Yes, you, Lauren! Yes, the show will always be about you, and basically only you, so are we really that surprised? Anyway, French Roommate perked up and whooped out a proud ”ye-ah” as Lisa Love described Paris to Lauren: ”It’s my favorite city in the world. I ran away from home when I was 15 to go to Paris; it changed my life. Hopefully it’ll change your life too. It’s just magical. It’s just a level of sophistication that you’ve never seen before. I think it’ll be an incredibly inspiring trip for you.” I have no doubt that the experience abroad will provide homegirl with all sorts of worldly knowledge, like how to make badass crepes and walk on cobblestone streets in high heels, but I do find it somewhat puzzling that Lauren had never been to Paris. This is a girl, after all, who drives an expensive car and blows more money on dresses than a plane ticket to France would cost. Hmm. Priorities.

But our Whitney had been to Paris before, a point she made very clear while making weird facial movements all night. We know she was brimming inside. But her efforts to mask her excitement played like an exercise in emotions for kindergarteners. (Like: Kids, if you want adults to know that you’re happy, smile. If you’re mad, stick your fingers in your ears and breathe really hard.) Whitney actually stuck her tongue out when Lisa Love snapped, ”I think Lauren had her chance to go to Paris.” When Lauren said, depressingly, that she had never been to Paris before, Whitney conjured up a blank stare, then chewed on her lower lip. Is this a new acting technique, or have I just never noticed these charades before?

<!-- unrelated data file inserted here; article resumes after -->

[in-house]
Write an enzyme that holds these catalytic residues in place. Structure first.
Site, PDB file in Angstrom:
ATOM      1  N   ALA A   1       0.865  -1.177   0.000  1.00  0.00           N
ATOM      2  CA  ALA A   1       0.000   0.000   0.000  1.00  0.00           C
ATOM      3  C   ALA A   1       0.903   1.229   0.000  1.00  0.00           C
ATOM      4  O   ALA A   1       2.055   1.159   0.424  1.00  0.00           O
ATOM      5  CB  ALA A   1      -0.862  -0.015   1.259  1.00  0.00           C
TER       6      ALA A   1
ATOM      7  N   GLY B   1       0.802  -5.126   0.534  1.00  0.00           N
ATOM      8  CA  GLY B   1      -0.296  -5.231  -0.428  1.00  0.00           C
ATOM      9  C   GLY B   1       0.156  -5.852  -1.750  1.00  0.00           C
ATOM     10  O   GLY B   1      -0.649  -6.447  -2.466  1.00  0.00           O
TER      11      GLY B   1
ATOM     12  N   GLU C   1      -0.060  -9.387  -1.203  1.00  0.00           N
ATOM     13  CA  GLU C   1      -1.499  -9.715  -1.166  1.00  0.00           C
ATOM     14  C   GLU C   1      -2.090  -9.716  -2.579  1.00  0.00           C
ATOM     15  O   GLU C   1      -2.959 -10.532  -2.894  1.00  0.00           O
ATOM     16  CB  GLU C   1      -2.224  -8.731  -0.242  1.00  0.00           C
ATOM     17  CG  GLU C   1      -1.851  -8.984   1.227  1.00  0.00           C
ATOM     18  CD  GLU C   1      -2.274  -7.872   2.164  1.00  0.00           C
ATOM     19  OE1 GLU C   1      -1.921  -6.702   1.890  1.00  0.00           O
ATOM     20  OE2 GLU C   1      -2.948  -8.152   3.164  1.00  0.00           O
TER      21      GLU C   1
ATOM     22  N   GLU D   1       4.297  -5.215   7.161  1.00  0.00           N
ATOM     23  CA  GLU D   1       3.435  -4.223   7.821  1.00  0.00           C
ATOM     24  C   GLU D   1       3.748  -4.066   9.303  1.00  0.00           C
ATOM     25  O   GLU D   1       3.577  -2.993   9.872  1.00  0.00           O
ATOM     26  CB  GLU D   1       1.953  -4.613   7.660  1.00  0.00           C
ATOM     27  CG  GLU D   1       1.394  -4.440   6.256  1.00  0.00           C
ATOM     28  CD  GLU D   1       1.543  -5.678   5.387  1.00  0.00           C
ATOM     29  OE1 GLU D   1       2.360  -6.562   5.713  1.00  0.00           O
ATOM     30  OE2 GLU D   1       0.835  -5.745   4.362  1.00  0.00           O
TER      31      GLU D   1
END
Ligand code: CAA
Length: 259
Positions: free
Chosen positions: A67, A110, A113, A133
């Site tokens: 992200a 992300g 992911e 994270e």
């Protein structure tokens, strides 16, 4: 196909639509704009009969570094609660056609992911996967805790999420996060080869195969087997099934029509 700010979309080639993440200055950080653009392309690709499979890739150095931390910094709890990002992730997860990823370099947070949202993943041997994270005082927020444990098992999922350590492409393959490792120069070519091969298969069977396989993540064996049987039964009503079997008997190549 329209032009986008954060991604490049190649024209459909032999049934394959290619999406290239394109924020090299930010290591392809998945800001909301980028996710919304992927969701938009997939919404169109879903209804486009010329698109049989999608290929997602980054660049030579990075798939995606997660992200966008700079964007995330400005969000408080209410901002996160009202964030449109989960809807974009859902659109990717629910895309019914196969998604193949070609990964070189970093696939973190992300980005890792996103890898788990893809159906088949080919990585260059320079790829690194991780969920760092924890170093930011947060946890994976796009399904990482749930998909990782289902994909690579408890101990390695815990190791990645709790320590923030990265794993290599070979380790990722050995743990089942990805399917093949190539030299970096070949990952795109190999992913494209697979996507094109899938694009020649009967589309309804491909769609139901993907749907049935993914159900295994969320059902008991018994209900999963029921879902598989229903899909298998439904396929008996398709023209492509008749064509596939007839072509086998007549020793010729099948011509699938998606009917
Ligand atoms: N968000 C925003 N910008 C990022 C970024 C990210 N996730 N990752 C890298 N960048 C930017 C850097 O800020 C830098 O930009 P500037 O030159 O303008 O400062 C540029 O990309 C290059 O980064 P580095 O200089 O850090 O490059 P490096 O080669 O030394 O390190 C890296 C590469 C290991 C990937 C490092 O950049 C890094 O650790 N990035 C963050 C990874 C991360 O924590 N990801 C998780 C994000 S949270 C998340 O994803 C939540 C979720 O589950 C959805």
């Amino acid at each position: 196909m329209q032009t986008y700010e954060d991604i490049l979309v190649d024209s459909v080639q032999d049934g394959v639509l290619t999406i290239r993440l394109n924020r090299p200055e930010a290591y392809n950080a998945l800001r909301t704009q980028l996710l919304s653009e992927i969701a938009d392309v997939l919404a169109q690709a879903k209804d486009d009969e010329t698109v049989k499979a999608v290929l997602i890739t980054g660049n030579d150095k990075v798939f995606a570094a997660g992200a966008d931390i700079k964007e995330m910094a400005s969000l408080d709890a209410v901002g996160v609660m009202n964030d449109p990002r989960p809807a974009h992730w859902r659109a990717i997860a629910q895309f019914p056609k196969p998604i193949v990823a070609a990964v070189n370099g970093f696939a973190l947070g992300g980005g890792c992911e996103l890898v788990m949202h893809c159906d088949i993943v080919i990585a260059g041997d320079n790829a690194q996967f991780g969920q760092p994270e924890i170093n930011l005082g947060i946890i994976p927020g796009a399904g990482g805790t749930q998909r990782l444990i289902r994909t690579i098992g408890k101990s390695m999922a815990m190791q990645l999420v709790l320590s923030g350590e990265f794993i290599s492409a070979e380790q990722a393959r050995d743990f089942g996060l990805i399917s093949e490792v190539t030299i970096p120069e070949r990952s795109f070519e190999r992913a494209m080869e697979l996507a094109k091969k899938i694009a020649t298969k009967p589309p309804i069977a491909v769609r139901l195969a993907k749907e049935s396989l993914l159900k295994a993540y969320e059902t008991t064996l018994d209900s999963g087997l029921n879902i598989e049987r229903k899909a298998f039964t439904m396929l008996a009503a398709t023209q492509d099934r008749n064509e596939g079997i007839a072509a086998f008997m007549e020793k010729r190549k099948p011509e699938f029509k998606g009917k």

For her part, LC just keeps getting smarter on the show. Pretty much starting from the point when she delivered the ”I want to forgive you, and I want to forget you” line, homegirl has revealed a talent for fortune-cookie writing. Last night was no exception. I loved how she called out Brody’s less-than-convincing ”I’m scared to get into a relationship” speech, a line he totally whipped out to save face for the embarrassing way he blurted out, ”So what, you really want to find a boyfriend, is that what it is?” Said Lauren, with complete calmness, ”Nobody’s had the best relationships in the past. That’s why they end. If you really want to be with someone, choose someone you really like, someone you’re really proud to be with, and you should want to call them your boyfriend or girlfriend.” Brody could only stare at her after such powerful words; maybe that’s because he was searching for his missing sense of humor. He did, after all, say ze French are ”stinky people with hairy armpits.” (Cut to French Roommate throwing things at television set.) Also, anyone else think that the boy was wearing a bit too much — or too light of a shade of — under-eye concealer?